About forty-eight hours after the birth, the breasts will fill with milk and become obviously bigger and often tender. The baby’s sucking helps to bring the milk into the breasts. Do not expect your tummy to flatten and return to its normal shape at once. You will still be quite big to start with, but as the uterus contracts down and you do your post-natal exercises your figure will return. Much will, of course, depend on weight.
If you have not gained an excessive amount of weight during pregnancy you should get back to normal quite quickly. Apart from the weight of the baby and the placenta, the retained fluids will be disposed within a few days of birth.
By the find of the first week there should be no more than a fourteen to sixteen pound gain over your pre-pregnancy weight. Aim to be back to your ideal weight by three months from the birth. To do this you will need to eat sensibly and, perhaps, diet gently. Sensible dieting and breastfeeding are perfectly compatible and the baby will not suffer.
GETTING BACK TO NORMAL
After the birth your perineum will be rather numb-and if you have had stitches it will feel distinctly sore. The soreness can be relieved by sitting in a warm, by using a rubber ring to sit on when not in the bath and by taking a small dose of pain-killing tablets.
The soreness may make it difficult to pass urine for the first few hours after birth. You will usually manage this, but Occasionally the midwife will need to help you to empty the bladder with the aid of a small soft plastic tube called a catheter.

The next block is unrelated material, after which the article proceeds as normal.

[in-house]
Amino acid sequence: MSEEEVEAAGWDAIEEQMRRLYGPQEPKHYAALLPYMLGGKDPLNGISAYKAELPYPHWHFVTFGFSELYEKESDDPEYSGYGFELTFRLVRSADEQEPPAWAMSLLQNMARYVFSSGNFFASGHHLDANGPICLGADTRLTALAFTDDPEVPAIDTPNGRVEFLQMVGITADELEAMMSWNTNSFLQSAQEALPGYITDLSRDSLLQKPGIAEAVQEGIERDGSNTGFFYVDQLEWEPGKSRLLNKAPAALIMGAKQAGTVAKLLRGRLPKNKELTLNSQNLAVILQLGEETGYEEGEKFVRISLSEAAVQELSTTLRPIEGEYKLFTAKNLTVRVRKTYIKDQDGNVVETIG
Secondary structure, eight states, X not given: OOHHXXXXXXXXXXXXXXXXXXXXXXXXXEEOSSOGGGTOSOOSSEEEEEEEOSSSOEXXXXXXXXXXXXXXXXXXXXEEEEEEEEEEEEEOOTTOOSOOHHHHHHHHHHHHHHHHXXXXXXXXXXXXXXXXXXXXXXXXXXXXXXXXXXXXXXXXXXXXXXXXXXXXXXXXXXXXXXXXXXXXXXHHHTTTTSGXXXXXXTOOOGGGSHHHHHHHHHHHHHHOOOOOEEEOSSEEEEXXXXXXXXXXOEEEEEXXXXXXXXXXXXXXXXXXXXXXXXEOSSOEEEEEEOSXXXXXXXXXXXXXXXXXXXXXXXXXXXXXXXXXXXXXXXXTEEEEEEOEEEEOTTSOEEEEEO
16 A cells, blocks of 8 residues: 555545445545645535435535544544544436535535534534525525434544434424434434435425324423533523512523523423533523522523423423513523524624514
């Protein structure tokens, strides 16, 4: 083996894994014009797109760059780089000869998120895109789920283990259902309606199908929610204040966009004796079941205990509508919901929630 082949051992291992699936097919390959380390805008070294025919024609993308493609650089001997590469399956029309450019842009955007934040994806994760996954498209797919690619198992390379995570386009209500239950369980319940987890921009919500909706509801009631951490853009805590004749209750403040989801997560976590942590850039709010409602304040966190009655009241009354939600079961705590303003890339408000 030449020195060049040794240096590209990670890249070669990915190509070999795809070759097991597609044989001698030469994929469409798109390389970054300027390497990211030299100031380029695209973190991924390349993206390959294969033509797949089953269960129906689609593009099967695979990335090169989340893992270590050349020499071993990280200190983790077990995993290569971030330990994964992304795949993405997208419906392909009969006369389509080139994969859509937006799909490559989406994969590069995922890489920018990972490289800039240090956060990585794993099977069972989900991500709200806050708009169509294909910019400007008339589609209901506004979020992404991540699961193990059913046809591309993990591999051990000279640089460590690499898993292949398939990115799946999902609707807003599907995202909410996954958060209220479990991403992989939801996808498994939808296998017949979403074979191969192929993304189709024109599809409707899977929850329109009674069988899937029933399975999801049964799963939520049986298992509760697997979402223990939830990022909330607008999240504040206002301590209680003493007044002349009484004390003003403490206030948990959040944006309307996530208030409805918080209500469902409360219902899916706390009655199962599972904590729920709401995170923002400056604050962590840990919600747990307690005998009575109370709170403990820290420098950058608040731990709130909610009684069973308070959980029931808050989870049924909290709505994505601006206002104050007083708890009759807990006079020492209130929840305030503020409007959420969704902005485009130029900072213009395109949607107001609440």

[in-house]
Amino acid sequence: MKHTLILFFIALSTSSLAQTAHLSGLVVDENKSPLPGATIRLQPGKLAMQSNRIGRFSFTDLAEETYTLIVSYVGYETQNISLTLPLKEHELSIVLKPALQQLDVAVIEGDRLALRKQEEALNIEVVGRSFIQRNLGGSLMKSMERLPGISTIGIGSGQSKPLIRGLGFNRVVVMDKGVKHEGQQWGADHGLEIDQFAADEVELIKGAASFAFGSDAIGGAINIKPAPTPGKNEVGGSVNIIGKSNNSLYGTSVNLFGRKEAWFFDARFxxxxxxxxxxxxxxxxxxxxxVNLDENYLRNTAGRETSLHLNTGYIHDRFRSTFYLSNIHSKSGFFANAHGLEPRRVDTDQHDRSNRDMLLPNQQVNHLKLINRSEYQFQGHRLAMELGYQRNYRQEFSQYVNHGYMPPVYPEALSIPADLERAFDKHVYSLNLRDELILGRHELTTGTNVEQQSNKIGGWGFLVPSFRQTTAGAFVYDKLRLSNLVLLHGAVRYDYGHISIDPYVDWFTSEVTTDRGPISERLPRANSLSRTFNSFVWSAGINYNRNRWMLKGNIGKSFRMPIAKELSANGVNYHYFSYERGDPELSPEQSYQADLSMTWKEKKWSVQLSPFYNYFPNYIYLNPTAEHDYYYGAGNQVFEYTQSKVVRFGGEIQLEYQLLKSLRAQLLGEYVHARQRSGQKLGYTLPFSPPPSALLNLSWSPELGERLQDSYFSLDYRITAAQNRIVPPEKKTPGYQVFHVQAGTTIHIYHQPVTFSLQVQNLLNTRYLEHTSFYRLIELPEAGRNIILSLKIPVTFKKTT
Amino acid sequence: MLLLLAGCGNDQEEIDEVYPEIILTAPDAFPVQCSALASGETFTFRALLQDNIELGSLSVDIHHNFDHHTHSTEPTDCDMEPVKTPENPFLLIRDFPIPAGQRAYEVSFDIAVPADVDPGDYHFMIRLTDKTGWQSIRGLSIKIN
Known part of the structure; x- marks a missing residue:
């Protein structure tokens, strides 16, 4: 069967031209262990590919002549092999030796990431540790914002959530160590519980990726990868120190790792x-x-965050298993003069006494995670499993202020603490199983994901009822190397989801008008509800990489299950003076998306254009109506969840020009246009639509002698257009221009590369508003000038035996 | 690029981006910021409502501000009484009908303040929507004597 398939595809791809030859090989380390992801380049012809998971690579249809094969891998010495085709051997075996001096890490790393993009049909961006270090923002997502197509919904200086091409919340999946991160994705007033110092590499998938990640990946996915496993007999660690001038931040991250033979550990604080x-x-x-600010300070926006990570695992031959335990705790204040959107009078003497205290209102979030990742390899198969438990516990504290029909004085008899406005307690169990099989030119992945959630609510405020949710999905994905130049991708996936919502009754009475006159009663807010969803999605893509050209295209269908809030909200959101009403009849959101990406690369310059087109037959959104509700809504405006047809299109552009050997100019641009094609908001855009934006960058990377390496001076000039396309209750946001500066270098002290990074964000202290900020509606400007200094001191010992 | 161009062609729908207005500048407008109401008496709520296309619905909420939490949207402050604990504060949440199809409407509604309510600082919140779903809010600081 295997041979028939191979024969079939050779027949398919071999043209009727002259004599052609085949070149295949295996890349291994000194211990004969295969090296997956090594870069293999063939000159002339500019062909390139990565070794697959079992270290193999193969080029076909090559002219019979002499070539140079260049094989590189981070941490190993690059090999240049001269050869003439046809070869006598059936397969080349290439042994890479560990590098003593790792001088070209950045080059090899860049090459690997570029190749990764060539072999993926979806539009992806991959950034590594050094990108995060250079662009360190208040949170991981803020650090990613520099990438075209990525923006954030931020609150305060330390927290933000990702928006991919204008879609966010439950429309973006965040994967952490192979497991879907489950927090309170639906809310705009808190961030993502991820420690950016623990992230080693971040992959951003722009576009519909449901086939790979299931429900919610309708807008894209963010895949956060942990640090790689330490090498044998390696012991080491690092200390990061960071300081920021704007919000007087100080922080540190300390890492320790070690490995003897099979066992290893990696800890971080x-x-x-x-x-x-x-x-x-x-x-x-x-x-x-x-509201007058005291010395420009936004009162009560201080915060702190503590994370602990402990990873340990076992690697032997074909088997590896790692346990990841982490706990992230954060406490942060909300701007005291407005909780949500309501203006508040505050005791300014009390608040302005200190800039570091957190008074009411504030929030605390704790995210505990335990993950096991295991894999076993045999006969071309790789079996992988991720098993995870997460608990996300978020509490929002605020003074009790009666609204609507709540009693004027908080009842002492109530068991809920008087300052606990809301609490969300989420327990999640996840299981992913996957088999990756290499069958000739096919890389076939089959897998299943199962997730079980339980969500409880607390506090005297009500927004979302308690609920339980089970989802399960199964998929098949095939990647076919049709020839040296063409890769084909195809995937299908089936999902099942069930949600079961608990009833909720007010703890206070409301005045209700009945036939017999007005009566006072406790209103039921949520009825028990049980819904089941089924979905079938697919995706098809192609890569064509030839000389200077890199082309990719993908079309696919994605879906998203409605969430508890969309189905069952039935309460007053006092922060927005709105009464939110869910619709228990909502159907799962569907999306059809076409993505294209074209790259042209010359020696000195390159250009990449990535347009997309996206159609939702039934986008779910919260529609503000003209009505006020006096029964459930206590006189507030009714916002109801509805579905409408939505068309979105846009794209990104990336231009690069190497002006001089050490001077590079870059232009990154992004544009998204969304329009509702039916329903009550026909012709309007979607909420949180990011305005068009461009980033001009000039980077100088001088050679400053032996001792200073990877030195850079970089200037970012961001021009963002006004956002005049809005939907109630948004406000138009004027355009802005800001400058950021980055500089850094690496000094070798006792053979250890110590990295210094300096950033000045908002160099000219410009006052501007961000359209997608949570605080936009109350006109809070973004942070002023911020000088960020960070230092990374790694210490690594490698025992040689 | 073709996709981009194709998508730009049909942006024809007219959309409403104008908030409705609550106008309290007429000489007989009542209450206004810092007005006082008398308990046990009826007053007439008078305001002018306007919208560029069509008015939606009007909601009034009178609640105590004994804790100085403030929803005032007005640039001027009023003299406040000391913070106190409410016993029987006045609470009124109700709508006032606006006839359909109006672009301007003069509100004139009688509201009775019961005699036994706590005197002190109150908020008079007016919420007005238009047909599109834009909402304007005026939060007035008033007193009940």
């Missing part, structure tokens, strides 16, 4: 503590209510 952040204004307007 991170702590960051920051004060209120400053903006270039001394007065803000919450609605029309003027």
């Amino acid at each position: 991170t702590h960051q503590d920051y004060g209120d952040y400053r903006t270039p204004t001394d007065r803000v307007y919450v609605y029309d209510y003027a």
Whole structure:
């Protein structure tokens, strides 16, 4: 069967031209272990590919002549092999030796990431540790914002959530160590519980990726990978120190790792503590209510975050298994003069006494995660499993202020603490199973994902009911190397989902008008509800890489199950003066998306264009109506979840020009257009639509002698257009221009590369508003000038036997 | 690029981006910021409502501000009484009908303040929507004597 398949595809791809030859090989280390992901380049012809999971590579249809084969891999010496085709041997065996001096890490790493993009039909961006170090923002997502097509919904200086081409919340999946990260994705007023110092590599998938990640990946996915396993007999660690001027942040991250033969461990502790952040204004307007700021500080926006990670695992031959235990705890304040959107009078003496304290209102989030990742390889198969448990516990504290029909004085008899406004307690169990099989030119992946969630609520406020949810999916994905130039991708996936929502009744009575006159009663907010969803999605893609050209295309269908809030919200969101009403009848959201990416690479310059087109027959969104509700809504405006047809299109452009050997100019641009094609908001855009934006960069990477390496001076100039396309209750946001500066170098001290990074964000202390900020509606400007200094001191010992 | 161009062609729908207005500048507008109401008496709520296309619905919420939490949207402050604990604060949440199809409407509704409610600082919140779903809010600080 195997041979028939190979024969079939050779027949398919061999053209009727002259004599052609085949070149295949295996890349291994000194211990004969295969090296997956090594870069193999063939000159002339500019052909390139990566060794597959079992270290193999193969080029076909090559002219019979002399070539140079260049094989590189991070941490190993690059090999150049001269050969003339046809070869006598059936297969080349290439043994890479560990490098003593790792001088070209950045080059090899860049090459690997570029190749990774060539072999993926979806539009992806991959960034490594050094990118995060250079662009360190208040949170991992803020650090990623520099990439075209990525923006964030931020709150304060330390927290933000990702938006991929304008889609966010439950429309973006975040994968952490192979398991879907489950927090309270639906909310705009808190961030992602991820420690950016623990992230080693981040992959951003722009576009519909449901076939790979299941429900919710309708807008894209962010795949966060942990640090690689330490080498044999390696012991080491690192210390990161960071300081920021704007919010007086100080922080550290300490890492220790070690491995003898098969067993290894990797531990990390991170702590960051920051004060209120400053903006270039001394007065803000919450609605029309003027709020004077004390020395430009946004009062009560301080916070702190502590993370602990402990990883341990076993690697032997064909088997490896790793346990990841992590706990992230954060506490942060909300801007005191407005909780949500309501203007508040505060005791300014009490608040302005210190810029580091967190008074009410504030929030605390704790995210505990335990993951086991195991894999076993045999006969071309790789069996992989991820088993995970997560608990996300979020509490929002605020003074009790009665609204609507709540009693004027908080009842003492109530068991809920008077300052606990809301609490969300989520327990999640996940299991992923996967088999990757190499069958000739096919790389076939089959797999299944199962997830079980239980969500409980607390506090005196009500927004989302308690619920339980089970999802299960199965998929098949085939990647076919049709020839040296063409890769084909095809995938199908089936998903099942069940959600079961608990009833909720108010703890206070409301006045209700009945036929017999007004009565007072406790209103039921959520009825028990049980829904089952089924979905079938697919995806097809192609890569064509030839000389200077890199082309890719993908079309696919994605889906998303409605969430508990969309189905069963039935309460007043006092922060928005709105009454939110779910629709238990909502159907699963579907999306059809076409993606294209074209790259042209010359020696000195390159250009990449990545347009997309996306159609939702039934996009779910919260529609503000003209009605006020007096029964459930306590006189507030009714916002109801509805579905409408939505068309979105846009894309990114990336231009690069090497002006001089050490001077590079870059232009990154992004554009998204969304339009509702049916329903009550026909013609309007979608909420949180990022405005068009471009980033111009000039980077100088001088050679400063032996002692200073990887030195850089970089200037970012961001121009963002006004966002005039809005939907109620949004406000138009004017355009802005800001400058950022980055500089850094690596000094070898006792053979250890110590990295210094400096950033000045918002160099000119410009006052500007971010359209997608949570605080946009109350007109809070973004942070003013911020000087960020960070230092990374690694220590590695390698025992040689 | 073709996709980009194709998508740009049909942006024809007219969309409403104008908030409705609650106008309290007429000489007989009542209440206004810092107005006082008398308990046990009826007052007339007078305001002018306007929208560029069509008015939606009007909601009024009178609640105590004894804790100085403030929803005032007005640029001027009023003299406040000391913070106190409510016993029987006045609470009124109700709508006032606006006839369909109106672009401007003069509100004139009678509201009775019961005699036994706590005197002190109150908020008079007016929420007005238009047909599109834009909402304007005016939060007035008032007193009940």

The thought of having your bowels open, with the stitches in place, may worry you. If so, remember that you will probably not empty your bowels for two or three days after the birth and by then the tissues will be well on the way to being healed and will certainly be much less painful. An aperient (laxative) or a simple suppository is often needed to get things on the move again.
After delivery, vaginal bleeding continues for two or three weeks or sometimes longer. The blood becomes darker and darker and finally brown before drying up completely. The first period will occur towards the find of breastfeeding or in four to six weeks after the birth if you do notat all.
In the first six weeks after delivery your uterus will return to its normal non-pregnant size. You may feel it contracting for some days after delivery, especially when the baby is feeding at the breast. These after-pains are most likely to be noticed by women who have had second or subsequent babies.
Birth is such a happy event that it is hard to understand why some mothers becomeafterwards. However, nervous strain coupled with anxiety about the ability to cope with the new problems presented by the baby, result in some women becoming depressed two or three days after delivery.
This reaction is quite normal and in the great majority of cases passes quickly. Too many visitors and over-tiredness from lack of sleep make the situation worse, but for most women any slightgoes within a day or two without treatment. If it persists beyond this time expert medical help will be needed. In hospital, doctors will be on the lookout for any prolonged unhappiness. If when you get home you, or your husband, or any member of your family, think you are depressed go and see your general practitioner.